Comprehensive, continuous improvement. Analytics are ultimately designed to foster continuous improvement throughout all substantive areas of HR, as opposed to strictly the job-application cycle. Analytics solutions such as business intelligence (BI) products augment the ability for agencies to evaluate which areas/departments/regions are falling short on maximizing talent-management components such as onboarding and training, which are exceeding metrics-based standards.
 
Best practices are more easily adopted due to this “wide view” breakdown of the numbers—practices that can be adopted departmentally and possibly even government- wide. For example, in the private sector, Best Buy can precisely identify the productivity value of a 0.1 percent increase in engagement among workers at a particular store. The organization estimates that this sliver of a percentage translates to more than $100,000 in a store’s annual operating income. Sysco has leveraged analytics to monitor the job satisfaction of delivery associates and has boosted retention from 65 percent to 85 percent—saving nearly $50 million in hiring and training costs. There’s no reason why the same impact can’t benefit the public sector.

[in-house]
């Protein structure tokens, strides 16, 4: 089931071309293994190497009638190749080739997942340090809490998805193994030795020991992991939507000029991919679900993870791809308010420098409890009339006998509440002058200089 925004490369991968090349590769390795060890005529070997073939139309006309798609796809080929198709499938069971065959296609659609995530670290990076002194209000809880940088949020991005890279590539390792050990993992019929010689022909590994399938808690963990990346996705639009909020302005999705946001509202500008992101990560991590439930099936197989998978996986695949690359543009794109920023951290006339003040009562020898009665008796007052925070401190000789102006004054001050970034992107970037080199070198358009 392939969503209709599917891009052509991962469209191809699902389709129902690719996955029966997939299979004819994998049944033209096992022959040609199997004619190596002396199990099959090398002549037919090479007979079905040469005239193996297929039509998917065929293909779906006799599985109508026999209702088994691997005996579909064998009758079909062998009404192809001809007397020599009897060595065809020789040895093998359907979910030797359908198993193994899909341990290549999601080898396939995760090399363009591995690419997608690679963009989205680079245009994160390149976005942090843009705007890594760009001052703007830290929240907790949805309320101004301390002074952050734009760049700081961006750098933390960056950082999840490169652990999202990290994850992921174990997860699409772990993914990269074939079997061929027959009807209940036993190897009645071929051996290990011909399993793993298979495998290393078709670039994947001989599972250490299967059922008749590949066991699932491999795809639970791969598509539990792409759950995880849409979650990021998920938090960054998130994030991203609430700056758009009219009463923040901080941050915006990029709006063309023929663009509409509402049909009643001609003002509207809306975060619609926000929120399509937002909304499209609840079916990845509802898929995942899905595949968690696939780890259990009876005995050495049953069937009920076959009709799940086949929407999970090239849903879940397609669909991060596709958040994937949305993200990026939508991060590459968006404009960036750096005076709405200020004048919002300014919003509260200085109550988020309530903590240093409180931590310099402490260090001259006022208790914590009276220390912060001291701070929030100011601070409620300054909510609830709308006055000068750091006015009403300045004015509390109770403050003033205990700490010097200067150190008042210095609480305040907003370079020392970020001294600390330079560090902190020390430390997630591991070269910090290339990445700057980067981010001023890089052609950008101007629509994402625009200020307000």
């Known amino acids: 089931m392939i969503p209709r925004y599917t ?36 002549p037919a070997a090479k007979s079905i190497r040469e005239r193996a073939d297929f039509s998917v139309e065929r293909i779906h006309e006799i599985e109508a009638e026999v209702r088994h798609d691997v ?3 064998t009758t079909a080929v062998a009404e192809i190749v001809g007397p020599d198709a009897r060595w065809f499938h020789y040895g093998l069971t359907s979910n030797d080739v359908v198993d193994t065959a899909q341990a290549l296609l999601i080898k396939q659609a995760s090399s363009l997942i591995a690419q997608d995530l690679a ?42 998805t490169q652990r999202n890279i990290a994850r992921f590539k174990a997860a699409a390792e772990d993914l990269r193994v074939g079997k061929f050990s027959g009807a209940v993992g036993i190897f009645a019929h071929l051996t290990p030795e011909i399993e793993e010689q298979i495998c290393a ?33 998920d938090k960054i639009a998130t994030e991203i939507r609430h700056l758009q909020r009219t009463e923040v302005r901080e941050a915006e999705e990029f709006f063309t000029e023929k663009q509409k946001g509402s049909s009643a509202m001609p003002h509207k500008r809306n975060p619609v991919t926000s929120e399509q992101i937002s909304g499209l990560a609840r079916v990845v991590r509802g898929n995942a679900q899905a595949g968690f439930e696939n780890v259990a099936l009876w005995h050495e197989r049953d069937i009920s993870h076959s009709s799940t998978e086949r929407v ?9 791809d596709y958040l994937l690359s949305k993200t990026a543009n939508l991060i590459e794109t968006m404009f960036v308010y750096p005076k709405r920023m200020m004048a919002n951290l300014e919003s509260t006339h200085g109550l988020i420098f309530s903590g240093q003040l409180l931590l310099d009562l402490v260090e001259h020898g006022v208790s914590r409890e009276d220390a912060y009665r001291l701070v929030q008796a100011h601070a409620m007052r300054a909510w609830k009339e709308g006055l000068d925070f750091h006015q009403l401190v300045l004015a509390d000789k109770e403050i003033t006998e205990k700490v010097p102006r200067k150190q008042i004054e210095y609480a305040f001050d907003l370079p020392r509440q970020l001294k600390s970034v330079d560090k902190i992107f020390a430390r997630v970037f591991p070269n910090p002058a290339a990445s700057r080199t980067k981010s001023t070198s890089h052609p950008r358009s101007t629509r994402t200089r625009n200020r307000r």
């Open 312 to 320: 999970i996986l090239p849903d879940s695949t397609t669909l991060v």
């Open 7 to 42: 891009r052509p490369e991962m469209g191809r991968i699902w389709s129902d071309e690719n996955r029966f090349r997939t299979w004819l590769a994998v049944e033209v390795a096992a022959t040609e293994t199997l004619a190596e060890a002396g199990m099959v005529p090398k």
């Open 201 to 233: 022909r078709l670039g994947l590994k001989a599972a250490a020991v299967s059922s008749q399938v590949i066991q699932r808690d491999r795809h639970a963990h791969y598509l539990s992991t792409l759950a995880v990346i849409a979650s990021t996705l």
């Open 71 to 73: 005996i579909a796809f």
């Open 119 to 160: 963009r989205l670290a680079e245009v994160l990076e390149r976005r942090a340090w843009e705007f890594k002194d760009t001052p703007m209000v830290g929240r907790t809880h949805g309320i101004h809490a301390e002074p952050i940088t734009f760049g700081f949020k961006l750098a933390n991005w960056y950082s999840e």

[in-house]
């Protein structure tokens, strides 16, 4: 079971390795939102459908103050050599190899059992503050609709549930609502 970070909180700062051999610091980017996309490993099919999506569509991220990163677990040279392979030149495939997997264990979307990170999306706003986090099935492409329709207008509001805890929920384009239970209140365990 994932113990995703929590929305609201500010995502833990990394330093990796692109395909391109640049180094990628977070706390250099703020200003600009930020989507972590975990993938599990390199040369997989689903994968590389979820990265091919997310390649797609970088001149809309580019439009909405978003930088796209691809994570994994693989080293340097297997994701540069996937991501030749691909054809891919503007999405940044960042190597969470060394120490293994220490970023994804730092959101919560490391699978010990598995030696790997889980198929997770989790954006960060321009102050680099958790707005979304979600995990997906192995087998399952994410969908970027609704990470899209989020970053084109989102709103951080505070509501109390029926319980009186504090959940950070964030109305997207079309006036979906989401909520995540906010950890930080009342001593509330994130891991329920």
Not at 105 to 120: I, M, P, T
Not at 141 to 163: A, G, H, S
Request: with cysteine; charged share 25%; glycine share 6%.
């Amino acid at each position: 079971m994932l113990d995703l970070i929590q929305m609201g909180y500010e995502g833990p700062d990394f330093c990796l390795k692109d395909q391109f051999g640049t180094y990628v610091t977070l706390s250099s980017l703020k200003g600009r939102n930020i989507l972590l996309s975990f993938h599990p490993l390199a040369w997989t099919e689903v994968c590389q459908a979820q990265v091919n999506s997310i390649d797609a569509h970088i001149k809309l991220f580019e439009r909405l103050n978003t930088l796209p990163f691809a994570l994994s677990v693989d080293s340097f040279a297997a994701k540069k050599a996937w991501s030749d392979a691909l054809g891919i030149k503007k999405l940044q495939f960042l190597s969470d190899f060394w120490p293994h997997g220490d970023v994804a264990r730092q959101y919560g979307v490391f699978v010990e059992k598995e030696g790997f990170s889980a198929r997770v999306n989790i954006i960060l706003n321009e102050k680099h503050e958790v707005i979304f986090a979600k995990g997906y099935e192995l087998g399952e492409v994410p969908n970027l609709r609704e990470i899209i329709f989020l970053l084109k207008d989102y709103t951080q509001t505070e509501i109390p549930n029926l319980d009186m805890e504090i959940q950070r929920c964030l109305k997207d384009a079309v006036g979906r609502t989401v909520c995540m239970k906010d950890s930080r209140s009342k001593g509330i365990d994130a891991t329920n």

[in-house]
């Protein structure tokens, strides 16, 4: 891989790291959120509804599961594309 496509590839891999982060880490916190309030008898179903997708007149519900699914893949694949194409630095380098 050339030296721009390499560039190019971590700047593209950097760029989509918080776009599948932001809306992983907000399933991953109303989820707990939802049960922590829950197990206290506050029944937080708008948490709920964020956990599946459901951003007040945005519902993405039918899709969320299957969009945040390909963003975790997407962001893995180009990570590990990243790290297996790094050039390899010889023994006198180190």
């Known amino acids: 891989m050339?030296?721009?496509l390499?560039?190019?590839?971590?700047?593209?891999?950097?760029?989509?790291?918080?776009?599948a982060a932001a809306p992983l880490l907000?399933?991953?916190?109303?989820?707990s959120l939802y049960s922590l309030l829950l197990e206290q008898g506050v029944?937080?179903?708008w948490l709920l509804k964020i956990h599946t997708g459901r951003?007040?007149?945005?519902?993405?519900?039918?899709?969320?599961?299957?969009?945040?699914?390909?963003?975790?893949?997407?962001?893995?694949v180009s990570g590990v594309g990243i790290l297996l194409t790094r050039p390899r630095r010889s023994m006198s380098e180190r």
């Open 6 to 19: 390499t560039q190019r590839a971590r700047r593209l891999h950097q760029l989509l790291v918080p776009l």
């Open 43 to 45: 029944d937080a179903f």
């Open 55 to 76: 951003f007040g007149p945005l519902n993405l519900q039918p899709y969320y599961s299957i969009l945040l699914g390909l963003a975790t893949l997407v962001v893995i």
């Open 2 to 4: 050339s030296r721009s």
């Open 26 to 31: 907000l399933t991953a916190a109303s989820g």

With this, HR/talent management leaders will find their status within an agency ascending to that of a much-sought and respected contributor to critical organizational strategies. And that’s the real value driver here. No longer confined to processing mundane forms about employment histories and health-care benefits, CHCOs can bring to the strategic table a capability to break new ground within areas such as recruitment, training, performance management, and workforce planning.
 
 
Mike Giuffrida is co-founder and CEO of NGA.NET, a global leader in IT solutions for talent acquisition and talent management.
 

Posted January 29, 2014 in Contributors